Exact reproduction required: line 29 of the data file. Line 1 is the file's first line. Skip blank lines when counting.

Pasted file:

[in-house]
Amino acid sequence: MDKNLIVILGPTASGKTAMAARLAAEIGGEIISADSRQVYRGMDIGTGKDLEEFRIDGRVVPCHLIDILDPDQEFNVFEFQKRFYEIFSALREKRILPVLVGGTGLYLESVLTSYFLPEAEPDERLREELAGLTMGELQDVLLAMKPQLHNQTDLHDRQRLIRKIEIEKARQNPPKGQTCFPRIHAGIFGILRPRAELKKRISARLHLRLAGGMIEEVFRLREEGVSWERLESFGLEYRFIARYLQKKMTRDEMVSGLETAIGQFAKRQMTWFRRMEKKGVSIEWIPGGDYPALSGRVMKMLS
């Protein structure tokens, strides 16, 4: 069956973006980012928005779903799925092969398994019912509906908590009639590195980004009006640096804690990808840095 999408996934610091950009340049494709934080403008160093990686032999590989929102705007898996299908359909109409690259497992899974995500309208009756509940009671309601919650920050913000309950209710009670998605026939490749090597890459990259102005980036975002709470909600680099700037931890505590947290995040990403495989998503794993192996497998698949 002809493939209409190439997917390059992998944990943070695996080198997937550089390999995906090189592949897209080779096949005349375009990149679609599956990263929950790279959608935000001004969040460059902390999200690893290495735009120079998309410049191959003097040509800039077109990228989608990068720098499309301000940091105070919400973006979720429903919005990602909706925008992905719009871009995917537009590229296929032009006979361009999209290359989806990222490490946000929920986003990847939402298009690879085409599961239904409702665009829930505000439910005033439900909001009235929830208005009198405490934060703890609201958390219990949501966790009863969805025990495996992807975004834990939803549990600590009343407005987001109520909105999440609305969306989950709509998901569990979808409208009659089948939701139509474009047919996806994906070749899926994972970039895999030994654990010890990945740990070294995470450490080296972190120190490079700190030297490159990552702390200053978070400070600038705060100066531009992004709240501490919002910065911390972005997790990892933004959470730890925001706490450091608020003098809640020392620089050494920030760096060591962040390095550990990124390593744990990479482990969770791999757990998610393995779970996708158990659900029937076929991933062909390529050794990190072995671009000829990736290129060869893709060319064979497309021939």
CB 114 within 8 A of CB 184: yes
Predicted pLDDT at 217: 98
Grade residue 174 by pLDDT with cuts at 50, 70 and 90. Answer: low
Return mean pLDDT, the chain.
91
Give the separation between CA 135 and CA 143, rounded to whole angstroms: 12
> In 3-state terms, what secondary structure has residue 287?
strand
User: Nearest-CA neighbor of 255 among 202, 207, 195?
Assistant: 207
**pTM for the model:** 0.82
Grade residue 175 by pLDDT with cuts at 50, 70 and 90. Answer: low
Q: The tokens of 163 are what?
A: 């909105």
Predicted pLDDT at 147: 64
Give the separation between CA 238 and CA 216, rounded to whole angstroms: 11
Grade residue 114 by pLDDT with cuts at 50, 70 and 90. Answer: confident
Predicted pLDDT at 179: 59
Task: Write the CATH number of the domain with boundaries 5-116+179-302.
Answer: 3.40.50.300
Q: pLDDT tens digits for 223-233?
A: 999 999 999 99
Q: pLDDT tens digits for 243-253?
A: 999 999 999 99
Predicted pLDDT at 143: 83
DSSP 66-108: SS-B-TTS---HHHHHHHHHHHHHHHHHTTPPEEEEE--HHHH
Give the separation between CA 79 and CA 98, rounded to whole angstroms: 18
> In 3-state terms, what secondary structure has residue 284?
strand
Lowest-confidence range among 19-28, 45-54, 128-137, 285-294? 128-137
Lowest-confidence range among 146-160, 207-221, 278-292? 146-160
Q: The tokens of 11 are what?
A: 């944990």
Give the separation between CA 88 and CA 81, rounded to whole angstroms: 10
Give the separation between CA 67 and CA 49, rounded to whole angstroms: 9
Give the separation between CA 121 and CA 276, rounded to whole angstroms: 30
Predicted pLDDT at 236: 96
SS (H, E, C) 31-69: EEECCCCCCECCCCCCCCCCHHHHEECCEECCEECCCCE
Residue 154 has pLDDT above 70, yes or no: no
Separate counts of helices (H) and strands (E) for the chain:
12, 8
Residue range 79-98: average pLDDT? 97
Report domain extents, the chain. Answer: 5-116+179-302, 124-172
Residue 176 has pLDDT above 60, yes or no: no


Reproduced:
DSSP 66-108: SS-B-TTS---HHHHHHHHHHHHHHHHHTTPPEEEEE--HHHH